Samui Wining & Dining
Going Native

Joining the locals at Uncle Jai’s


16The northeast of Thailand is its poorest region, but its cuisine is the most ubiquitous. Its friendly and capable people, the Issan, are to be found all over the country, traditionally in manual work, but increasingly in every sector. Wherever they are, they nurture a deep nostalgia for their rural roots and their yummy cuisine.

      Fortunately for us, this means one can find Issan food everywhere, most usually in a casual, relaxed setting. Follow the ‘pok pok’ sounds made by a wooden mortar and pestle and you will find at its source a broad, friendly face patiently preparing that most popular salad called som tam for an equally patient queue.

      Literally meaning ‘sour-pounded’, som tam is made by smashing a variety of fresh ingredients including small tomatoes, dried shrimp, garlic, lime, chilli, sugar, fish sauce and peanuts with strips of raw grated green papaya in a mortar and pestle.

      The action of the pestle ensures that the flavours are blended well and then lightly crushed against the papaya without pulverising it, yielding a crisp tangy sour, spicy, nutty, sharp and sweet flavour that tantalizes the palate

      The vendor makes each salad to order, clients calling out their preferences and their favourite ingredients, while the vendor ‘pok poks’ and then empties the contents of the mortar into a plastic bag with an elastic band for take-away, or onto a serving plate before starting with the next order.

       The most important decision you need to make is how many chillies you want to spice up your salad. And you need to make this decisive choice early in the process as the chilli factor is determined at the onset of the pounding. The range is generally one to ten tiny chillies, but if you are really heat-shy, you could start with none, as the residual chilli flavour in the pestle may be enough of a homeopathic dose for you.

      Variations to the salad abound, and the above mixture is generally called som tam Thai. You can replace the shrimp and peanuts with salted black crab (som tam pu), or for a truly authentic Issan version, with fermented fish (som tam pla ra). Or both. Alternatives include salted egg, with rice noodles or sand crabs. All these salads need to be eaten shortly after being pounded as any substantial delay will render the vegetables limp and soggy.

       Som tam is easily the most popular snack in Thailand, and is eagerly wolfed down as breakfast, lunch, dinner, and everything in between by millions in all walks of life every working day. On holidays too, a classic pastime such as a group outing to a waterfall can only be counted as successful if there’s an opportunity to eat som tam with barbequed chicken (som tam gai yang).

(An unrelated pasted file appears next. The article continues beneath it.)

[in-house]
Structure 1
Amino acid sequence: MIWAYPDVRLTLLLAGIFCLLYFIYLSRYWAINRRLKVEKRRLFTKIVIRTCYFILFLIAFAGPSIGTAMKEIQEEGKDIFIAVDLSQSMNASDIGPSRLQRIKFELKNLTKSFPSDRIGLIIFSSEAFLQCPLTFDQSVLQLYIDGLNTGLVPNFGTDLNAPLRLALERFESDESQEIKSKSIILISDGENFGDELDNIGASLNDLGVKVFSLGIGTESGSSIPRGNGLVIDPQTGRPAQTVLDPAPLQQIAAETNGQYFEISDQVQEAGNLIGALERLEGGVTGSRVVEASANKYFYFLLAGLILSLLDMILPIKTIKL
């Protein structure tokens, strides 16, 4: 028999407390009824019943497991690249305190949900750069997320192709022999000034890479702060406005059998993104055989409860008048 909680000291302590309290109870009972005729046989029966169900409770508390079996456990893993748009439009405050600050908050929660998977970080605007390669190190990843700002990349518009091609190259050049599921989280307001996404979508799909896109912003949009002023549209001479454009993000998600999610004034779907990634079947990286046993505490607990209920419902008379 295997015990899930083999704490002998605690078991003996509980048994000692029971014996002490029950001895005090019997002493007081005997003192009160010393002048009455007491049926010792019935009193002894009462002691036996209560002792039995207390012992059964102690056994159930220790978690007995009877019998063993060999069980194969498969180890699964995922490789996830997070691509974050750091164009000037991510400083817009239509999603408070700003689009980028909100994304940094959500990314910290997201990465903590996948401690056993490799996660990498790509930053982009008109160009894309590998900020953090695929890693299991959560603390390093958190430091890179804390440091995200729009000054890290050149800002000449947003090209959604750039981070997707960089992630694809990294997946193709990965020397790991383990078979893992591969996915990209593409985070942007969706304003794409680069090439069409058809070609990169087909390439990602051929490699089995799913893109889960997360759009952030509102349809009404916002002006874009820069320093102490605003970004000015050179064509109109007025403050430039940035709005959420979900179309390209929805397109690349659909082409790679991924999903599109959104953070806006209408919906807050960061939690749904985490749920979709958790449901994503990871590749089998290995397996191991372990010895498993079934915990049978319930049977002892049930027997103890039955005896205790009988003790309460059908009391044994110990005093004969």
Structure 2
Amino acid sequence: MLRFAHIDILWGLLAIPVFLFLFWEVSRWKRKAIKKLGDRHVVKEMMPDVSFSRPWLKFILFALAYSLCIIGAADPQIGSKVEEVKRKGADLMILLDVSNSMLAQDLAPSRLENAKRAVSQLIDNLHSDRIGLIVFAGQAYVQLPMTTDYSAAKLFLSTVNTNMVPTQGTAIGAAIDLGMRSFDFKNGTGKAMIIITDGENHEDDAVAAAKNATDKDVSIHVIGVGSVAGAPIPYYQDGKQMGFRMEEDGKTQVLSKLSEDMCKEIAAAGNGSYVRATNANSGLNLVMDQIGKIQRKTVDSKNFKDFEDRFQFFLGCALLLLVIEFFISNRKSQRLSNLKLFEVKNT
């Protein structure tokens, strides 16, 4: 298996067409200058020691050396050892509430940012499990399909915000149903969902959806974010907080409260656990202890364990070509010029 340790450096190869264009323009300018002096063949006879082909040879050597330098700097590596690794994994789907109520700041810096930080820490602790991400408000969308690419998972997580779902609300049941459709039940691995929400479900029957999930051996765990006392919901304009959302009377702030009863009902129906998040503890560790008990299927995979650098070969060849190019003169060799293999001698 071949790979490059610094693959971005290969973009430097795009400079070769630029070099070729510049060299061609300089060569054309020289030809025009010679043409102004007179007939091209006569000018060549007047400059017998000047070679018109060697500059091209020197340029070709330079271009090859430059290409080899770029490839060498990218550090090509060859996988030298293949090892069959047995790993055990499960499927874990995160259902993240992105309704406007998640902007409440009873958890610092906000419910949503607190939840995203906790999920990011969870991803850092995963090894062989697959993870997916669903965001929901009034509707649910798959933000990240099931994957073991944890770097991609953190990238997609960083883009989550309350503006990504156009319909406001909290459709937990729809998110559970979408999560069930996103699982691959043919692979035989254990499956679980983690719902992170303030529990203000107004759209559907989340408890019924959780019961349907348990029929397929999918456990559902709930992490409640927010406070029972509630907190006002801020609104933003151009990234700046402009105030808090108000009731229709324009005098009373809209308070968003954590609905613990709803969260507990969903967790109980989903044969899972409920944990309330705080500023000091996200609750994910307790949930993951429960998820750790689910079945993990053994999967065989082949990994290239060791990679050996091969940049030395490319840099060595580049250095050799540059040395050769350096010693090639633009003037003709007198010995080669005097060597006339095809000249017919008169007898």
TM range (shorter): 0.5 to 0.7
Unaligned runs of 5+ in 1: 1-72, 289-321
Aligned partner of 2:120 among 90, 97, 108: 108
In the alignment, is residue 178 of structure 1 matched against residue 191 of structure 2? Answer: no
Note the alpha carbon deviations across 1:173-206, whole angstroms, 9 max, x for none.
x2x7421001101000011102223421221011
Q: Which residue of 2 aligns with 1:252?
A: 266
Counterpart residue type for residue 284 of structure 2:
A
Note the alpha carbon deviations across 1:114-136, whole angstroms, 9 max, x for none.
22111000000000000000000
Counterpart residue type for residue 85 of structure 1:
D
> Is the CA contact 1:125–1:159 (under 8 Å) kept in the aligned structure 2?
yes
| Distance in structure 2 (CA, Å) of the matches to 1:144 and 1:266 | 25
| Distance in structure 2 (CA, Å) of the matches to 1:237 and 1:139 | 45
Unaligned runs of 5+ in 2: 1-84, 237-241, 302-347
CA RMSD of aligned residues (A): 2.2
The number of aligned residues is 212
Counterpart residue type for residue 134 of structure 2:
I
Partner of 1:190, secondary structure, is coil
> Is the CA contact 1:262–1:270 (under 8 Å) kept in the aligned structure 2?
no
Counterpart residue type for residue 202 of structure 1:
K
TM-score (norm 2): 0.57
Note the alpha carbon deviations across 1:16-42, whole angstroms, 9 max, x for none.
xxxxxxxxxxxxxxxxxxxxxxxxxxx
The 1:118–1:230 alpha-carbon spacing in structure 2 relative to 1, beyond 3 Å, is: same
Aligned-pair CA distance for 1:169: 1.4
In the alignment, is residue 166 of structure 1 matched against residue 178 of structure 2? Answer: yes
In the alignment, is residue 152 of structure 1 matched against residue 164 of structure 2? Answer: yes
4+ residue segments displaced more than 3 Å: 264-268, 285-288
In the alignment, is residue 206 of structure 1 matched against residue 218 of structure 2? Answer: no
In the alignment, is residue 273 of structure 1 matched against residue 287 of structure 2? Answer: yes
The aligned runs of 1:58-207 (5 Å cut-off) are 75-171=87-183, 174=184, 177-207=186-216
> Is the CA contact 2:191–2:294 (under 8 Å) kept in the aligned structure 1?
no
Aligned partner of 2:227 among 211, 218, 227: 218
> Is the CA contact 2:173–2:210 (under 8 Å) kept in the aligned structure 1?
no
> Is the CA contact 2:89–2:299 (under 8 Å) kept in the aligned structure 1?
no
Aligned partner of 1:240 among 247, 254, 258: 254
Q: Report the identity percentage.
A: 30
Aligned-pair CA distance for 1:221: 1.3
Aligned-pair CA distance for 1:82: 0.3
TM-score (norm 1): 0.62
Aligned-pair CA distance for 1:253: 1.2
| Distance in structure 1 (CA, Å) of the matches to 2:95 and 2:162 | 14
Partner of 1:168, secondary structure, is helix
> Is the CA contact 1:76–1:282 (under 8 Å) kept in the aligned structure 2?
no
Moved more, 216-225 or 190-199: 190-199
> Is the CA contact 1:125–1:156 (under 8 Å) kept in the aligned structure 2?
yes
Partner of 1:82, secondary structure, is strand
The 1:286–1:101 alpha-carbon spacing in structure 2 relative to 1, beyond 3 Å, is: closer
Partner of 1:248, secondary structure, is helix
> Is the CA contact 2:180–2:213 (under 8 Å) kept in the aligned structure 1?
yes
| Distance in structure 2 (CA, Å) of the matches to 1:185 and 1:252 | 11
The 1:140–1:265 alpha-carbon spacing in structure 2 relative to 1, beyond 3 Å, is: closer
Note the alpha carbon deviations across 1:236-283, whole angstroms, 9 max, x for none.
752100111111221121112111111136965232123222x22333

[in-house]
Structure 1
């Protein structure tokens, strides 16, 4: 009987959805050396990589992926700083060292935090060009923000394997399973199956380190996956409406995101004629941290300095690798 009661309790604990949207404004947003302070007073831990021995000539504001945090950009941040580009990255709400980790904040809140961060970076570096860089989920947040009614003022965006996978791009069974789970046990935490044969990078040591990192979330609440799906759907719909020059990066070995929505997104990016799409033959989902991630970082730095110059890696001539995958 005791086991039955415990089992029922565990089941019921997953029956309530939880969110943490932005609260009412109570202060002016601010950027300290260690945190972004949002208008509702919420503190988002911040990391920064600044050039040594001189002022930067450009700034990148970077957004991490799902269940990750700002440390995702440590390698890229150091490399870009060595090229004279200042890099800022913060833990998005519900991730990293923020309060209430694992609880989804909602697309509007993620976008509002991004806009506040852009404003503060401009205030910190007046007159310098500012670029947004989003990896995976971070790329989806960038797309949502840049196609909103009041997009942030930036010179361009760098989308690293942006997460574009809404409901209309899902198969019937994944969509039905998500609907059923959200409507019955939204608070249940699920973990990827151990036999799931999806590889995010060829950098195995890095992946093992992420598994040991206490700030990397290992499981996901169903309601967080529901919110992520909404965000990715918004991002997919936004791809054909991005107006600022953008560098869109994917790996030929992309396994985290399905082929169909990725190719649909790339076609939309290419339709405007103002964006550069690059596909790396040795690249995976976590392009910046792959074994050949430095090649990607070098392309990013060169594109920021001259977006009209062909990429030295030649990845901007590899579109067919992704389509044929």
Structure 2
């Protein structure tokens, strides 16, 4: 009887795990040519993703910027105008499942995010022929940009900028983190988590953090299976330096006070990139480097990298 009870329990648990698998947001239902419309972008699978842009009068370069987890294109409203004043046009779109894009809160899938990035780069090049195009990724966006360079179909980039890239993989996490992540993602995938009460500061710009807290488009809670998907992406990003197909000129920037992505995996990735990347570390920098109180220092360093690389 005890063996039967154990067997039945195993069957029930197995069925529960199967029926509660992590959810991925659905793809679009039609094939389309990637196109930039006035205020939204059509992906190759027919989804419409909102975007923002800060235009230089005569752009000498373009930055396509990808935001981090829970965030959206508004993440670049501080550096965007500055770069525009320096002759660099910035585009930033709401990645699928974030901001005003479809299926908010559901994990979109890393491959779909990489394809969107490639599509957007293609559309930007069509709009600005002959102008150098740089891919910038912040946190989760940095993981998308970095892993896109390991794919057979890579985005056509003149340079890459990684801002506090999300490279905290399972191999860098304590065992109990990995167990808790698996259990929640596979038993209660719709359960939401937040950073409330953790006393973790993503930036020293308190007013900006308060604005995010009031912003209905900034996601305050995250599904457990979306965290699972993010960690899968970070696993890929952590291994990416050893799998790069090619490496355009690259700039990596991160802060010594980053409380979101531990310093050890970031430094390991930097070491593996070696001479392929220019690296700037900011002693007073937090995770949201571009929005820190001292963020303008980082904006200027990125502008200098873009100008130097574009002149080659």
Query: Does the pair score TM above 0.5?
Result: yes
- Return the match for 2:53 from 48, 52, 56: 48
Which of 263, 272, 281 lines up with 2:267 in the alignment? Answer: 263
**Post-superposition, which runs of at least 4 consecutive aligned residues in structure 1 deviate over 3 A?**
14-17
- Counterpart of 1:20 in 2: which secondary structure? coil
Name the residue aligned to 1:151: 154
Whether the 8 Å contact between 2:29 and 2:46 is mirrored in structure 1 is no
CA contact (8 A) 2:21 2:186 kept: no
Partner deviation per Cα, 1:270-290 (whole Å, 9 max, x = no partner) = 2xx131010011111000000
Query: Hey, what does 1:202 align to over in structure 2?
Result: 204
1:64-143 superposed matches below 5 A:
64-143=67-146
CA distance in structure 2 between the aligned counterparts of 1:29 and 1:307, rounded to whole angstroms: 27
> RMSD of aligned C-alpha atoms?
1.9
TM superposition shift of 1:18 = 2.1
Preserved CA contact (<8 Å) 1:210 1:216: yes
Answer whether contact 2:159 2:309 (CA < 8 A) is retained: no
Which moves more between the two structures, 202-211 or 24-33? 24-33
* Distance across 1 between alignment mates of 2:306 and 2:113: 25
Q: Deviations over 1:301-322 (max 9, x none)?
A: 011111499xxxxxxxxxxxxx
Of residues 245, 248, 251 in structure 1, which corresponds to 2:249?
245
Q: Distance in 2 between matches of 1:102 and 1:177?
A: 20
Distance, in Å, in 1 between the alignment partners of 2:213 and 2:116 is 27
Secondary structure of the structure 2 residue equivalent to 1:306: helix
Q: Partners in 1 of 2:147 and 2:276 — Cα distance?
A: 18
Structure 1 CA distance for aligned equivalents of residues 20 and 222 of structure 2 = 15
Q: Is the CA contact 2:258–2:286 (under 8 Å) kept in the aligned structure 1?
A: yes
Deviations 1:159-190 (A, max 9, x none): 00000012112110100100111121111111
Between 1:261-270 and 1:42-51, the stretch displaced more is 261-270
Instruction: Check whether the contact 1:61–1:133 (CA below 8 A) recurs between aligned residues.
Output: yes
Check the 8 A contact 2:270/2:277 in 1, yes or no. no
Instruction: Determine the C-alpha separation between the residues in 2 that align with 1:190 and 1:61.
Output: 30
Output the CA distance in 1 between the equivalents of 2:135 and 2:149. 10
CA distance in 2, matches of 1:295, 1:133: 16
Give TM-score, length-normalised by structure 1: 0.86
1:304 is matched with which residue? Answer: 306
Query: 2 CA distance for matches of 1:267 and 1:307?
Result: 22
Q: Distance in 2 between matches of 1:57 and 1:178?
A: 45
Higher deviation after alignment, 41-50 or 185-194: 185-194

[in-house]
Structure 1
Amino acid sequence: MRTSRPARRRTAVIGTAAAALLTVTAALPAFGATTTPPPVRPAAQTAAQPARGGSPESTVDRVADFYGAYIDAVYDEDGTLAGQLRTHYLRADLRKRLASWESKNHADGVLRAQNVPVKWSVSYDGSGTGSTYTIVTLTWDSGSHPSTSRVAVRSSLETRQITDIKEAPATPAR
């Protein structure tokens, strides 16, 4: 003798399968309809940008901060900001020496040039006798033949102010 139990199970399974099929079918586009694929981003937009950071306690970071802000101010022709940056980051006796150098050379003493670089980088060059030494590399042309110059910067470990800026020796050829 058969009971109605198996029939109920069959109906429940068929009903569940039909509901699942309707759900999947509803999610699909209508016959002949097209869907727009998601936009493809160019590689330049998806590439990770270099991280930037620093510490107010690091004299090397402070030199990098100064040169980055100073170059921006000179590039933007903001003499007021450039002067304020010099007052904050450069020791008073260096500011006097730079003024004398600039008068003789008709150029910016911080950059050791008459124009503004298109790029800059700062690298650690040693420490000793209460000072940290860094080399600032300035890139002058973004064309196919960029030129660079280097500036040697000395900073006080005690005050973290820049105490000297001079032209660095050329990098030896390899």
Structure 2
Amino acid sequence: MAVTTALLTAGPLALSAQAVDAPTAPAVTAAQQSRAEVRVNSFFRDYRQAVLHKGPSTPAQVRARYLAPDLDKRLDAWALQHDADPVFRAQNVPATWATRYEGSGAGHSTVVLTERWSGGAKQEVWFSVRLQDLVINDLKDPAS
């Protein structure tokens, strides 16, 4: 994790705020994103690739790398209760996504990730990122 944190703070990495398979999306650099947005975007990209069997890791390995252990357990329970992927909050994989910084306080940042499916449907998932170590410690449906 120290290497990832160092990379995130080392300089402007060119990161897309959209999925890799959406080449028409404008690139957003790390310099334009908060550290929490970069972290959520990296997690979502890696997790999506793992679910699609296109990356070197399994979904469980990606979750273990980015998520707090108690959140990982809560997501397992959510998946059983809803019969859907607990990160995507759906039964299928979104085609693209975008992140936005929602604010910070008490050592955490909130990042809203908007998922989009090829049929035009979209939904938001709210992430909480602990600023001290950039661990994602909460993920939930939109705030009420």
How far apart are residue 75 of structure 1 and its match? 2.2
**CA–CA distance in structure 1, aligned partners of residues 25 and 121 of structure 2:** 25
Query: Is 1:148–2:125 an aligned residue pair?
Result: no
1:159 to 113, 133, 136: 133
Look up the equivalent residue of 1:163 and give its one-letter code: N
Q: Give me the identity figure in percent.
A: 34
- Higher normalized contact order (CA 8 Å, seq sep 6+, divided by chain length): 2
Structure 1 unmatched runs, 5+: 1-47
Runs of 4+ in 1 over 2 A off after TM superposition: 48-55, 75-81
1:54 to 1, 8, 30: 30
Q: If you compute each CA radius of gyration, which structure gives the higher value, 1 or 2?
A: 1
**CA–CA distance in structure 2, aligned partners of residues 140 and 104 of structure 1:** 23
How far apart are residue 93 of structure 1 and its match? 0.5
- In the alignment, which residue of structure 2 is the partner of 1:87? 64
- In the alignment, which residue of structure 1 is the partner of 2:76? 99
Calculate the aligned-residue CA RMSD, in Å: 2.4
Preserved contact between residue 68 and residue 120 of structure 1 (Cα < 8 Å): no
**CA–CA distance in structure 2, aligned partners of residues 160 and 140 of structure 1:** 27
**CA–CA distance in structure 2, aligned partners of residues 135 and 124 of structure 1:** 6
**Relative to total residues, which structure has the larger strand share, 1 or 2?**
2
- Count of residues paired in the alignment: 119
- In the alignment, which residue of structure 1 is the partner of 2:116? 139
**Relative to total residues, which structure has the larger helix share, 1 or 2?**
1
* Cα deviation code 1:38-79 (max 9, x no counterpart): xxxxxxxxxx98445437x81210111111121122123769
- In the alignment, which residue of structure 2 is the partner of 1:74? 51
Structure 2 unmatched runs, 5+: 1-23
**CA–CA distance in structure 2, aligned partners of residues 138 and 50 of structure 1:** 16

And as luck has it, Lung Jai’s (or Uncle Jai’s) is the closest restaurant to Samui’s famous waterfall at Namuang. The correct road is the most westerly entrance (closer to Nathon) of the two waterfall roads. Don’t take the Namuang 2 waterfall entrance off the main ring road, as while this may bring you to the Safari Park, it is nowhere near the delicious array of Issan delights of Uncle Jai’s simple establishment.

         The path to the restaurant from the car park is lined with vendors selling local fruit and knick-knacks. For 20 years, this little no-name shack has been ready and able to feed the pilgrims visiting the waterfall, and needing a pick-me-up. Lung Jai and his cook Khun Nid are relaxed and friendly, bringing out the food dish by dish. Within earshot of the strident forest cicadas and soothing cool streams leading from the falls, you can plonk down on the simple cement garden furniture, arranged in the shade of tall forest trees where it is delightfully cool. Hungry, you order straight from the laminated menu. We asked for som tam Thai with one chilli, and som tam pla ra (the real McCoy) with six. And rice.

         Sticky rice. This glutinous strain is first soaked and then steamed in a woven basket. And guess what? It’s a perfect accompaniment to som tam, best eaten with your hands by moulding a ball of the sticky rice to pinch at some salad and mopping up the juices.

         Issan food is famously spicy but each dish can be modulated by the chilli factor. Another apparently essential ingredient is MSG, and my fear on asking for it to be omitted is that the cook will often increase the sugar content to compensate, and so spoil the salad. Here however, the spicing is perfect, both for the moderate one chilli salad and for the mega-dose with six for my Thai companion.

         We also order roast chicken and namtok mu, a dish comprising of sliced grilled pork neck, chilli, lemon, fish sauce, spring onion, coriander and crispy rice. Traditionally in poor Issan, protein comprises a small part of the meal, with the people famously eating a wide variety of creatures you may not consider palatable, including insects, frogs, and reptiles. Often these will be presented as larb, a perennial favourite which is similar to namtok but generally more finely minced and served with mint.

         As a salty and sour complement to the grilled flavours of the barbeque, we enjoy a spicy sauce called nam chim cheo, which comprises chilli paste, fish sauce, lime, coriander and crispy rice. An accompanying plate of unadorned raw vegetables including green beans, basil and cabbage is a crunchy and refreshing contrast to the spicy meal.

         While the casual character of the food stands here may seem disorganised, the food is clean and tasty, and in all the years I’ve eaten from Issan vendors stands, I’ve never had any discomfort. The fare is honest, simple and basic, a delicious blend of fresh vegetables, solid carbs and a little protein, and perfect for a picnic outing.


Annie Lee


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